When Eric Mareo was convicted of murder for a second time, the judgewrote to the Attorney General raising grave concerns about the verdict. In this episode, we look at how prejudice and sensationalist media might have seen an innocent man sentenced to death.
Kiwis rose to their feet and cheered when the flamboyant orchestra conductor Eric Mareo was found guilty of murdering his wife in 1936. But 85 years later, the verdict seems less certain. Was justice done? Or was Mareo an innocent man? RNZ's Black Sheep podcast investigates.
George Wilder is an accidental folk hero. He never sought the spotlight, but his three escapes from prison in the 1960s made him a national sensation. Black Sheep investigates his story.
In the first week of June 1863 half the population of a small Tongan island called 'Ata boarded a ship captained by Thomas McGrath. They were never seen again. In this episode, Black Sheep investigates the story of a slave raid which destroyed a small civilisation.
In the second of Black Sheep's two part episode on Sir George Grey, Aotearoa is launched into the worst conflicts of the New Zealand Wars. For more on the Waikato War, watch and listen to Stories of Tainui.
Sir George Grey led Aotearoa into some of the worst conflicts of the New Zealand Wars. In this two part episode, Black Sheep investigates his life story.
Black Sheep returns for a Sixth Season!
Minnie Dean must rank as one of New Zealand's most infamous figures. The only woman to be judicially executed in New Zealand history. For years she was portrayed as a cold-blooded killer who murdered babies for cash. More recently, attitudes towards Minnie have shifted, but she's still a controversial and complex figure. Black Sheep dives into the story of the baby farmer of Winton.
The case breaks wide open, two key witnesses come forward with critical information. But the most interesting part of the Bassett Road murders is what happens after the conviction...
It's 1963 and two bodies are found in a house at Bassett Road in Remuera. Detectives are shocked to discover they were killed by a submachine-gun. Newspaper headlines read "Chicago Comes to New Zealand". Black Sheep investigates a true crime story that scandalised New Zealand
Flora MacKenzie is one of the most colourful characters in New Zealand history: A hard drinking, hard talking brothel owner from the 1960s and 70s who won the affection of sex workers, police and punters alike. In this episode of Black Sheep, we look at the legend of Madam Flora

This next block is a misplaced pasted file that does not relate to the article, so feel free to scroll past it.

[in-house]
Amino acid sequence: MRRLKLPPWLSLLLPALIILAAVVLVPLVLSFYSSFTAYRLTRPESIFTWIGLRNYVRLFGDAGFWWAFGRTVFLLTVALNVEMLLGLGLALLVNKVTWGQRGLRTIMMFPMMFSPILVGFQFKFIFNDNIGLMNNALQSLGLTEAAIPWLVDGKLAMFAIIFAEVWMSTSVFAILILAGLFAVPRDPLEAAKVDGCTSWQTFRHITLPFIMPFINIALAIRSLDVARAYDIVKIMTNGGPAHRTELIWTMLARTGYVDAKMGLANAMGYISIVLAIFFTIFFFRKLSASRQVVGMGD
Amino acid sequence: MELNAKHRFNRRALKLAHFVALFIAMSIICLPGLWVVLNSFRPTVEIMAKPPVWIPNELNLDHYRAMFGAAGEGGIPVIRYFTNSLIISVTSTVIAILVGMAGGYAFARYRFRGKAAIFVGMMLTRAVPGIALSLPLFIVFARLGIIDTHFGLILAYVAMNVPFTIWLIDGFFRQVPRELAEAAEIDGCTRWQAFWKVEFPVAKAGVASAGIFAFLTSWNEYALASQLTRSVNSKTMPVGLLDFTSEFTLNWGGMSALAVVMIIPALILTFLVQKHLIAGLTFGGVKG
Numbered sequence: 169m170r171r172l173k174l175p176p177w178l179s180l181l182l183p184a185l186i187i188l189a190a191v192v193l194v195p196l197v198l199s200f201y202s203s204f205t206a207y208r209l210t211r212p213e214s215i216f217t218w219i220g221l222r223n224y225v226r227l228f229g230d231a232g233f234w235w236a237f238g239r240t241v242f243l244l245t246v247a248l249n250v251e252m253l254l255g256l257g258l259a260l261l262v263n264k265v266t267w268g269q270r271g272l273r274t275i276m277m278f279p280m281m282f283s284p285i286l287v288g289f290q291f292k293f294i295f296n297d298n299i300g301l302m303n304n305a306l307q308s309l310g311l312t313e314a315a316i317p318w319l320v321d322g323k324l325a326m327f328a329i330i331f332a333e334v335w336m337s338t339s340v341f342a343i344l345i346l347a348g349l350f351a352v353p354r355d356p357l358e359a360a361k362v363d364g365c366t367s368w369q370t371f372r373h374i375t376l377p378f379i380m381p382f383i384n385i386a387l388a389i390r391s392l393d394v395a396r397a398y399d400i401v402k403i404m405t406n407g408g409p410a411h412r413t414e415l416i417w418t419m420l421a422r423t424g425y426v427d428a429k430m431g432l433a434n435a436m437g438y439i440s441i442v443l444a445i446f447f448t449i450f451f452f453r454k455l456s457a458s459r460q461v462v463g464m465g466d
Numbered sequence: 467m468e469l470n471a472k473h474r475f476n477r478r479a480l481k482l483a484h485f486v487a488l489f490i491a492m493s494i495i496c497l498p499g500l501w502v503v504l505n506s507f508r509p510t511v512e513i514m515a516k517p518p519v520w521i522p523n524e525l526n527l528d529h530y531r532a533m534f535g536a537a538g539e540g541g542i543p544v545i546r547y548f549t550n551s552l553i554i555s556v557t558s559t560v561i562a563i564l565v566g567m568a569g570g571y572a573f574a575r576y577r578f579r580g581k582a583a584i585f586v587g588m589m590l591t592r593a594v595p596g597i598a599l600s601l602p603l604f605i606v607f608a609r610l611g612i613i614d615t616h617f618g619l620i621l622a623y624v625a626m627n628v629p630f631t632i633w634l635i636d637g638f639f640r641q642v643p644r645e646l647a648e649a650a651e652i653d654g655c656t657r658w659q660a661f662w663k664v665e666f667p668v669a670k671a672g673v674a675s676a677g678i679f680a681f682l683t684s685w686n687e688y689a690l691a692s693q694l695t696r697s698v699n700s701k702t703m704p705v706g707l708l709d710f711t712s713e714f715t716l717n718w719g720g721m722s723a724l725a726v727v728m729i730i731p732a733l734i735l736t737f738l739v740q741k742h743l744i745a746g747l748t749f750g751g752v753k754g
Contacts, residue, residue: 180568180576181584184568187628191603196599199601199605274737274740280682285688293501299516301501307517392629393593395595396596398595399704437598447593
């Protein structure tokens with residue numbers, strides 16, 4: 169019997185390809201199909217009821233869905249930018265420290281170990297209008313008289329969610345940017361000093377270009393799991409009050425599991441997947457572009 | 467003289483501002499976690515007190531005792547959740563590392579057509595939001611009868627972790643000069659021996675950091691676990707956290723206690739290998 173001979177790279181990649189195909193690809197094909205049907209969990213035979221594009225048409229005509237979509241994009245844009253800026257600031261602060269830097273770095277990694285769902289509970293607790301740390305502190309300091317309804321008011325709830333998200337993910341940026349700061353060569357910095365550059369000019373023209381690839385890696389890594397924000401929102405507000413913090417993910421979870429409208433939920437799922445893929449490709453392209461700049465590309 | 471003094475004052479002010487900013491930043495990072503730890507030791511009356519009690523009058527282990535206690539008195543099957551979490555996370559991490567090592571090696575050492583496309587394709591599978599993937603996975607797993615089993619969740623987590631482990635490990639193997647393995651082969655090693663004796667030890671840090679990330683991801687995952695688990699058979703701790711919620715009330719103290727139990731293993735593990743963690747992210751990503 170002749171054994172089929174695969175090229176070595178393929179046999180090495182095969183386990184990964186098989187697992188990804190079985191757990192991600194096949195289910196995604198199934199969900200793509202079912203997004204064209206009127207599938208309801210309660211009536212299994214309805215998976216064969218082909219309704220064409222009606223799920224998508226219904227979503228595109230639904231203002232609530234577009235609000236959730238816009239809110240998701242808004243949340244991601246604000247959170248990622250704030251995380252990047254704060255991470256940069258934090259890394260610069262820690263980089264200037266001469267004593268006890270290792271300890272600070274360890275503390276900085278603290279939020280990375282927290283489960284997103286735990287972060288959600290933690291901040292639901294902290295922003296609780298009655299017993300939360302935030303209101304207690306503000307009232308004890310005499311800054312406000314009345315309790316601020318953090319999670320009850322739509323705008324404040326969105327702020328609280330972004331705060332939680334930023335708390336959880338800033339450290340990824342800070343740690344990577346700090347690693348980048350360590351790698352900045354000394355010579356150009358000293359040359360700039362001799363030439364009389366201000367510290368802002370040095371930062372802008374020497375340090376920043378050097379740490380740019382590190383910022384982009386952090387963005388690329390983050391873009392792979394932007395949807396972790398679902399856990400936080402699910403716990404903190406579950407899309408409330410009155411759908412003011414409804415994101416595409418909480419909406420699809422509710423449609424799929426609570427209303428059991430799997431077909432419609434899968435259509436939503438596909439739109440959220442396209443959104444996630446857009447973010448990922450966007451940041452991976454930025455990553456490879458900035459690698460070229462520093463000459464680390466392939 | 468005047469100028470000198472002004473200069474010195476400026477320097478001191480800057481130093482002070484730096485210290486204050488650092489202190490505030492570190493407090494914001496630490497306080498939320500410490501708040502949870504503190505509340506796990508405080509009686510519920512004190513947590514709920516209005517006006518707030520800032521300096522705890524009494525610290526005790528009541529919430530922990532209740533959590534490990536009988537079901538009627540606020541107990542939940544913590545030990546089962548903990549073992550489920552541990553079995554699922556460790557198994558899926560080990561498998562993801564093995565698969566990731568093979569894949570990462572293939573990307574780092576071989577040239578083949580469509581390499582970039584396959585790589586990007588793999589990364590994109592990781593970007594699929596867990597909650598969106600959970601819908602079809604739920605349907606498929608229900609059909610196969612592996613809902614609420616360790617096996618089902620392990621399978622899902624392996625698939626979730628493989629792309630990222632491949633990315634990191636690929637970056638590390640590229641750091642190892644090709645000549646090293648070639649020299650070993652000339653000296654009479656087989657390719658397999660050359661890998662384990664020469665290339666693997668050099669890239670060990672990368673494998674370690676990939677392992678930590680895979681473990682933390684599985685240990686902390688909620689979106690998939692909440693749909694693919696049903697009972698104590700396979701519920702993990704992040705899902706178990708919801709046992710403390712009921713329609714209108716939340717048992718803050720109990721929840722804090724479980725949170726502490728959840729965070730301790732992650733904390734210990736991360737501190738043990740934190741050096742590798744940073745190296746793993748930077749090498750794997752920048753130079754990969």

Between the 1960s and late 2000s Stewart Smith went on a one-man crusade, releasing thousands of invasive fish into New Zealand’s rivers, lakes and streams. In this episode of Black Sheep, we investigate his story.
In part two of Black Sheep's series on Edward Gibbon Wakefield we see theories of "systematic" and "humanitarian" colonisation run into bitter realities. The result is conflict, death and disaster. For Wakefield and for Māori.
Edward Gibbon Wakefield used to be known as “The Father of New Zealand.” But modern historians have pointed to the disastrous impact of his colonial policies on indigenous people, his misleading propaganda and, (not least) his abduction and marriage of a teenage girl. This two part episode of Black Sheep, William Ray investigates Wakefield's life and legacy.
The story of New Zealand and its people, from its geological origins to modern day. Hosted by William Ray and Leigh-Marama McLachlan, with animation by Chris Maguren. Made possible by the RNZ/NZ On Air Innovation Fund.
In this special episode of Black Sheep, William Ray looks at the history of white supremacy in NZ.
The story of Horatio Robley continues... How did a man once dubbed a "predator of culture" for his collection of Maori heads become better known as a "friend of the Maori"?
Horatio Robley witnessed the most famous battle of the New Zealand Wars, he fathered a child with the daughter of a sworn enemy, his sketching helped end a war, his book helped save the art of Maori tattooing... But mostly he's famous for his grotesque collection of nearly 40 human heads.
The death penalty has started wars, won elections, outraged the population and ruined lives. Join William Ray for this live podcast recording at the Bread and Circus Festival in Christchurch with guests Dame Fiona Kidman, Vincent O'Malley and Mark Derby as they unpick the history of executions in New Zealand.
A few listeners told William this podcast puts them to sleep. But you know what? He's just happy to help. If you'd like William to put you to sleep in person: book a FREE ticket to our live podcast recording at the Bread and Circus World Busker's Festival in Christchurch on January 26th, 2019.
Bully Hayes is famous as a charismatic "pirate" of the South Pacific. But most stories gloss over his more heinous crimes: Slavery, sexual assault and the brutal abuse of his crew.
In part two, how Gustavus von Tempsky went from a relatively famous soldier to the uber-hero of NZ colonial history.